The Scottish Religious Leaders’ Forum is a group dedicated to improving relationships between Scotland’s religious communities.
The Forum celebrated its 20th anniversary with a pilgrimage to Iona in September 2022.
There was much media interest in the Forum’s first meeting which one journalist described as being ‘as significant as the first ecumenical meeting of the Scottish Churches in the 1960s’.
Why was the Forum created?
The religious leaders of Scotland met for the first time in 2002, in the aftermath of 9/11.
The leaders of the three major Christian denominations in Scotland felt it was important for religious leaders to unite to condemn the atrocity and declare their commitment to peace. The three leaders were the Catholic Archbishop of Edinburgh, Keith O’Brien; the Primus of the Scottish Episcopal Church, Bruce Cameron; and the Moderator of the Church of Scotland, Finlay Macdonald.
The leaders asked Action of Churches Together in Scotland to organise the meeting, and Interfaith Scotland was brought on board to support it.
Who attended the first meeting?
The first meeting was held at Scottish Churches’ House, Dunblane on September 12th 2002.
Represented at that meeting were the Moderator of the Church of Scotland, the President of the Catholic Bishops’ Conference, the Primus of the Scottish Episcopal Church, the Rabbi from Scotland’s only Reform Synagogue and the Rabbi from Giffnock and Newlands Synagogue, the Abbot of Samye Ling Tibetan Monastery, a representative from Throssel Hole Buddhist Priory, the priest from the Hindu Temple in Glasgow who at that time was the only Hindu priest in Scotland, the Imams from the Central Mosque in Glasgow and from Glasgow’s Carrington St Mosque and the Chairperson of the Baha’i Council for Scotland.
There were also three representatives from the Sikh community who were not religious leaders.
What happened at the first meeting?
The meeting was jointly chaired by Kevin Franz, the General Secretary of ACTS and Rawdon Goodier, the Convener of Interfaith Scotland.
The meeting offered an opportunity for the religious leaders to get to know one another and share a symbol from their respective religions. This was a very moving and sacred moment.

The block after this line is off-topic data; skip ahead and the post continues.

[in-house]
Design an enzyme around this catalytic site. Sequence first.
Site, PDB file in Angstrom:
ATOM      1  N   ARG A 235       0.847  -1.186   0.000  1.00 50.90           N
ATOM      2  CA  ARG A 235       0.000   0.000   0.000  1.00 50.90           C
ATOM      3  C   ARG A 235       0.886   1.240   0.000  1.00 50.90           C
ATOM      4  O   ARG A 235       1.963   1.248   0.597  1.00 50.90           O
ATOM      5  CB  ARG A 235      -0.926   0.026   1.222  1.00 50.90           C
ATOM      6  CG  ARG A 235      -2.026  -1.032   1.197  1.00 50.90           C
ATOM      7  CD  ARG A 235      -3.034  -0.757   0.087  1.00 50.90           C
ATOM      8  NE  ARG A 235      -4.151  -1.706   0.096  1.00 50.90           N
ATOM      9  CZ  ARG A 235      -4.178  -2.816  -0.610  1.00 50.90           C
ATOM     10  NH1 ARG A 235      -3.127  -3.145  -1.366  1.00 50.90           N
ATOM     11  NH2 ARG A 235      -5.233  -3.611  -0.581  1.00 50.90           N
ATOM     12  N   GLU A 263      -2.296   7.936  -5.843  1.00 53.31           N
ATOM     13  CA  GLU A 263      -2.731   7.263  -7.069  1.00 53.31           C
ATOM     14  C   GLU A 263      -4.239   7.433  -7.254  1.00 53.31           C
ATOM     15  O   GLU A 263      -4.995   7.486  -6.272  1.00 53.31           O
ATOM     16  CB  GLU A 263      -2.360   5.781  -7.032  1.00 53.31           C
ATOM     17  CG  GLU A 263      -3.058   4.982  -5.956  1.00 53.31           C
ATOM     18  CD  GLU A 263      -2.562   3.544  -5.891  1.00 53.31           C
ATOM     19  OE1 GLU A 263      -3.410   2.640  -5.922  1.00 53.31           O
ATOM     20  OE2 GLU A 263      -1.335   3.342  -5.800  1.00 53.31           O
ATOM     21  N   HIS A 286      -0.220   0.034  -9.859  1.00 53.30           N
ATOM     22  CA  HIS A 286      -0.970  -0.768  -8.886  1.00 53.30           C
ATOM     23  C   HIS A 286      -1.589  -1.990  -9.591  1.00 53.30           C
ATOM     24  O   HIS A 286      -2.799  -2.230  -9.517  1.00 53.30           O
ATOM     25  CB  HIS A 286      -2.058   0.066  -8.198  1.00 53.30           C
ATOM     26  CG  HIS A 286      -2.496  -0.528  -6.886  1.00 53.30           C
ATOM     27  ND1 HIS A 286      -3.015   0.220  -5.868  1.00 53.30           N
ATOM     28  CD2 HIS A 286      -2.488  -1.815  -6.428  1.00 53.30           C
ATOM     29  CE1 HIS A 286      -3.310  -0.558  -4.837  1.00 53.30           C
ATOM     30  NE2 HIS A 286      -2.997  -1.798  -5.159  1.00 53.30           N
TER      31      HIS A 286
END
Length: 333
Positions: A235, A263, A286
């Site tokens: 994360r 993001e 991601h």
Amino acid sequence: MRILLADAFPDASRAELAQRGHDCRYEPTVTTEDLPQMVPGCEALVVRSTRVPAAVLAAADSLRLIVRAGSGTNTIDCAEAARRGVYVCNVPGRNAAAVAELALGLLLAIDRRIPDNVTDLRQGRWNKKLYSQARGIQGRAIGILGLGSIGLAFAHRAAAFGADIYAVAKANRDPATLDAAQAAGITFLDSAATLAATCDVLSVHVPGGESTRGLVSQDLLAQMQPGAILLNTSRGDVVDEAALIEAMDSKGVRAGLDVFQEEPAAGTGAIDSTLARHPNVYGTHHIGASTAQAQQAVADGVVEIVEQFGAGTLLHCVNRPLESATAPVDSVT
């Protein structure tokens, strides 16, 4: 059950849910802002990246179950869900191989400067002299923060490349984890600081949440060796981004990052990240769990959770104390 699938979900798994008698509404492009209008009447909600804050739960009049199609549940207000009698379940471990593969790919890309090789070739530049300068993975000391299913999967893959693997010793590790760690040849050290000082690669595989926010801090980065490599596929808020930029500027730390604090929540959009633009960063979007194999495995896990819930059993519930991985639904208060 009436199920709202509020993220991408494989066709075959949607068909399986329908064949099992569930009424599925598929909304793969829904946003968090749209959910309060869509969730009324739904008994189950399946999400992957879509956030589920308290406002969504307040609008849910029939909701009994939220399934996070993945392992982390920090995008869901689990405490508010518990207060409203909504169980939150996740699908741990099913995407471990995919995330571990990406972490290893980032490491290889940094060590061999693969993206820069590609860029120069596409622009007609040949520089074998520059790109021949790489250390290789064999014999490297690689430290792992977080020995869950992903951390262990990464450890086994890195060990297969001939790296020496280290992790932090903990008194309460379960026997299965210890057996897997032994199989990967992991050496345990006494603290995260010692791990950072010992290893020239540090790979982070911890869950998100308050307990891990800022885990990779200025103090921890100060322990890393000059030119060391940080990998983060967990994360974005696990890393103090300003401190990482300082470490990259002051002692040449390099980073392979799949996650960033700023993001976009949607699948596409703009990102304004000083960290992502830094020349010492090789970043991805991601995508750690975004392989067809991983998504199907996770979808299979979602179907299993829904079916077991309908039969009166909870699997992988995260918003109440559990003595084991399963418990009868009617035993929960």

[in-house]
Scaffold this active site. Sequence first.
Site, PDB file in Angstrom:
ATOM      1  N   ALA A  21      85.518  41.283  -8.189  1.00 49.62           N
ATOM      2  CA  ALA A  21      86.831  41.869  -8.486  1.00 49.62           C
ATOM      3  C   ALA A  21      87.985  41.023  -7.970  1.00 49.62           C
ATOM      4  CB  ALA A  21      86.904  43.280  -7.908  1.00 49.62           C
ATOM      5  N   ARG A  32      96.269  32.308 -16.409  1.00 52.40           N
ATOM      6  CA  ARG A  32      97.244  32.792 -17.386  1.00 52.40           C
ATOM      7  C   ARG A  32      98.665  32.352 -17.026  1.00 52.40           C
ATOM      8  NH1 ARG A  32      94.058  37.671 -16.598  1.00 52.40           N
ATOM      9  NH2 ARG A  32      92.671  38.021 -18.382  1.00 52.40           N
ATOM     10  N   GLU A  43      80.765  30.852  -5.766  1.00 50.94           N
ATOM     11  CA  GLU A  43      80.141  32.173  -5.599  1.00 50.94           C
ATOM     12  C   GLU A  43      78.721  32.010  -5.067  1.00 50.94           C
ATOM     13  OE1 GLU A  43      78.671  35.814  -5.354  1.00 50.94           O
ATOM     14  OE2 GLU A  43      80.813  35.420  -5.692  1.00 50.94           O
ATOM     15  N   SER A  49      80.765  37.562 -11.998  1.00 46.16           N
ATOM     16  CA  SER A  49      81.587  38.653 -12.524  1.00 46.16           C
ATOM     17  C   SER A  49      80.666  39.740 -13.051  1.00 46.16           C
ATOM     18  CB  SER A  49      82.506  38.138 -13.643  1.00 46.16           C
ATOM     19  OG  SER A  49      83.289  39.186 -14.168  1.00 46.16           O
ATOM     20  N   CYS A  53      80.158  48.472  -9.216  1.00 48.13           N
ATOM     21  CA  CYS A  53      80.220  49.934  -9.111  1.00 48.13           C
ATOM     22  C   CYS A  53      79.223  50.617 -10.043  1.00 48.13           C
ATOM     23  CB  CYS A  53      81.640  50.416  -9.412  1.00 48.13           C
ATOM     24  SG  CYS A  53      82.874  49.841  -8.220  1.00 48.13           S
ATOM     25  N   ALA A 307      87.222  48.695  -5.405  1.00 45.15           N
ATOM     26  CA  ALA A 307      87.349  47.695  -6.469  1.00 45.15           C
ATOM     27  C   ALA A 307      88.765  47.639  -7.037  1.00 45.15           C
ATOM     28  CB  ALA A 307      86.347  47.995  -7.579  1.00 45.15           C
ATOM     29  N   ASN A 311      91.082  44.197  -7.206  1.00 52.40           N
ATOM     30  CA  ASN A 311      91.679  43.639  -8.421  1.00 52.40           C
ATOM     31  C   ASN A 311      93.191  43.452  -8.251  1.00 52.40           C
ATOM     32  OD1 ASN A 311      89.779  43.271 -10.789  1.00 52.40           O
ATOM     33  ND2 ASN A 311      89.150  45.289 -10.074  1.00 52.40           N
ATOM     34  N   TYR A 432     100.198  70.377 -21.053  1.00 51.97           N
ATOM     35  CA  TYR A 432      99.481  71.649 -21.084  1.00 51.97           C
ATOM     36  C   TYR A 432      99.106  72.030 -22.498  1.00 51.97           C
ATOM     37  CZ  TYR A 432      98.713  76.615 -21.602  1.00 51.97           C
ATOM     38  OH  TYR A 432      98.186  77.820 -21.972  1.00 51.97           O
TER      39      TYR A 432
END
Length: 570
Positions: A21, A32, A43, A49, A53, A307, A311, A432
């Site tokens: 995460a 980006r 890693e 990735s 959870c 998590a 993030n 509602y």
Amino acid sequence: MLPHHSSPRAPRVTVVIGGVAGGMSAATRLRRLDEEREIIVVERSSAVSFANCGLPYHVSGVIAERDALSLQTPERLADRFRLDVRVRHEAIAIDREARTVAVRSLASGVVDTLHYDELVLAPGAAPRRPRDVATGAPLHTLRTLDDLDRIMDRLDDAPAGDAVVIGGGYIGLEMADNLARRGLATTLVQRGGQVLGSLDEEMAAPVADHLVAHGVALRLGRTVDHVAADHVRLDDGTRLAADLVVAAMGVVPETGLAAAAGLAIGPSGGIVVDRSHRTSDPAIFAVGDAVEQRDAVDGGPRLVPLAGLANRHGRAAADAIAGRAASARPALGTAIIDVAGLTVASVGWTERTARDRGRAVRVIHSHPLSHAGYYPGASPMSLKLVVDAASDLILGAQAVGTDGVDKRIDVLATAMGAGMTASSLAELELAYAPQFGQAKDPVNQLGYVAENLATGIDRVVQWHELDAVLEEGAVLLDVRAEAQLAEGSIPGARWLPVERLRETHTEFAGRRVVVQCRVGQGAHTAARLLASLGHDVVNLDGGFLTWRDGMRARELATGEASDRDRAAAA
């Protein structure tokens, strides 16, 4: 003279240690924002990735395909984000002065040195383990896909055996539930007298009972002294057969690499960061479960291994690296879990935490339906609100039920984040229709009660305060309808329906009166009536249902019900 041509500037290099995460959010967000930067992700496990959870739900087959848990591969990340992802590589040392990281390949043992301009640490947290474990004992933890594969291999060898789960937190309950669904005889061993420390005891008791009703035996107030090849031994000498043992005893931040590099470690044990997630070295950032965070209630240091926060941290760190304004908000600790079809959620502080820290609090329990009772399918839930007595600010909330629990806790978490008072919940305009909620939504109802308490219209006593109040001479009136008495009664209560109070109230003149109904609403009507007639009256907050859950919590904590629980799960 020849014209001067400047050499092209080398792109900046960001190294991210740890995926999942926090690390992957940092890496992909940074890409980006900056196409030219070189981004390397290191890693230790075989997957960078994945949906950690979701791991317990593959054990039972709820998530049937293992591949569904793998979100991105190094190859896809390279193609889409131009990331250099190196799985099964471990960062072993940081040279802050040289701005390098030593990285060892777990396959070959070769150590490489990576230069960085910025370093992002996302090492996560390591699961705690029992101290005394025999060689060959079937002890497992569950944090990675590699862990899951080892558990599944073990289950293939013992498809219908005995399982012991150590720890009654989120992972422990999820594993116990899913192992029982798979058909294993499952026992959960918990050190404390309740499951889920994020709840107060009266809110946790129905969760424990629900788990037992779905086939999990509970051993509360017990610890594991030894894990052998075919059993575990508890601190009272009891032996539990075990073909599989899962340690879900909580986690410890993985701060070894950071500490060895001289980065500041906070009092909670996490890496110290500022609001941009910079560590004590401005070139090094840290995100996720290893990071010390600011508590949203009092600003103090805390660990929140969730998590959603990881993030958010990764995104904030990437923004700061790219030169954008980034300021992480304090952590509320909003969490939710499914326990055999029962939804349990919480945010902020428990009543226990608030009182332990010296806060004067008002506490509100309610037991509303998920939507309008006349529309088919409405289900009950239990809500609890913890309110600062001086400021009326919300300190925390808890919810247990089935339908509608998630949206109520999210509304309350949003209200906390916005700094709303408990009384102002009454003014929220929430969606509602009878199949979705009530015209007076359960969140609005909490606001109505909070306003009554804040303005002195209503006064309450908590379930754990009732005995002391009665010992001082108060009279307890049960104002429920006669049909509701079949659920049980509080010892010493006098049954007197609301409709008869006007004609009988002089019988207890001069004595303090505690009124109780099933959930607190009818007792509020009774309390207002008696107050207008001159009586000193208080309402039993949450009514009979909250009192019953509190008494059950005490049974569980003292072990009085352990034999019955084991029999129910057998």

Four of the religious leaders (Christian, Muslim, Buddhist and Hindu) produced prayer beads as their symbol and talked about how they used them in their daily religious practice. Some of them commented afterwards how impressed they were not just by the commonality of the use of prayer beads but on how it spoke of a serious religious practice. This was a meeting of people who were not only leaders in their communities but people of serious religious commitment.
Over the years, the Forum has continued to unite to condemn atrocities happening around the world and to declare their commitment to peace.
The Scottish Religious Leaders’ Forum has continued to faithfully meet for over 20 years.
They meet twice a year in various places of worship, sacred islands and online (during Covid-19).
The Forum regularly meets with the First Minister of Scotland, and works together on important social issues such as;
- Addressing national and/or international crises
- Tackling homelessness
- Supporting the Make Poverty History campaign
- Addressing the climate crisis and COP26
- Supporting Scottish Interfaith Week
- Supporting refugees and asylum seekers
- Building friendship and dialogue
- Meeting teachers and pupils to discuss religion in schools
- Advising on religion in the media (including BBC and STV in-person engagements)
- Visiting each other’s places of worship
20th Anniversary celebration of the Scottish Religious Leaders Forum
For the 20th Anniversary of the founding of the Scottish Religious Leaders Forum, members of the forum went on a three-day pilgrimage to the historic island of Iona. The Forum was joined by staff and board members of Interfaith Scotland, members of local interfaith groups, faith communities and chaplains.
On the last night, the Forum held an Interfaith Service in Iona Abbey and read their new Declaration of Commitment. Going forward the Forum is committed to working together for the common good of Scotland and beyond.
COP26 Interfaith Prayer and Meditation Vigil
This unique prayer and meditation vigil brought together people of all backgrounds in Glasgow and – via a livestream – around the world, in a powerful, symbolic act of unity and solidarity for our planet.
Religious leaders and faith community members came together in Glasgow’s main square, united in a common commitment to climate justice, to mark the beginning of COP26 and to launch Scottish Interfaith Week 2021, which shared the COP26 theme: ‘Together for Our Planet’.
Senior religious leaders read the ‘Glasgow Multi-Faith Declaration for COP26’, setting out the shared climate commitments of religious leaders across the UK, and led prayers from a great diversity of religious traditions.
The Glasgow Multi-Faith Declaration for COP26
The Glasgow Multi-Faith Declaration was signed by religious leaders and representatives from across Scotland and the United Kingdom.
It was a powerful united voice of faiths asking for serious action by Governments and others to address the Climate Crisis and create a positive vision for the future.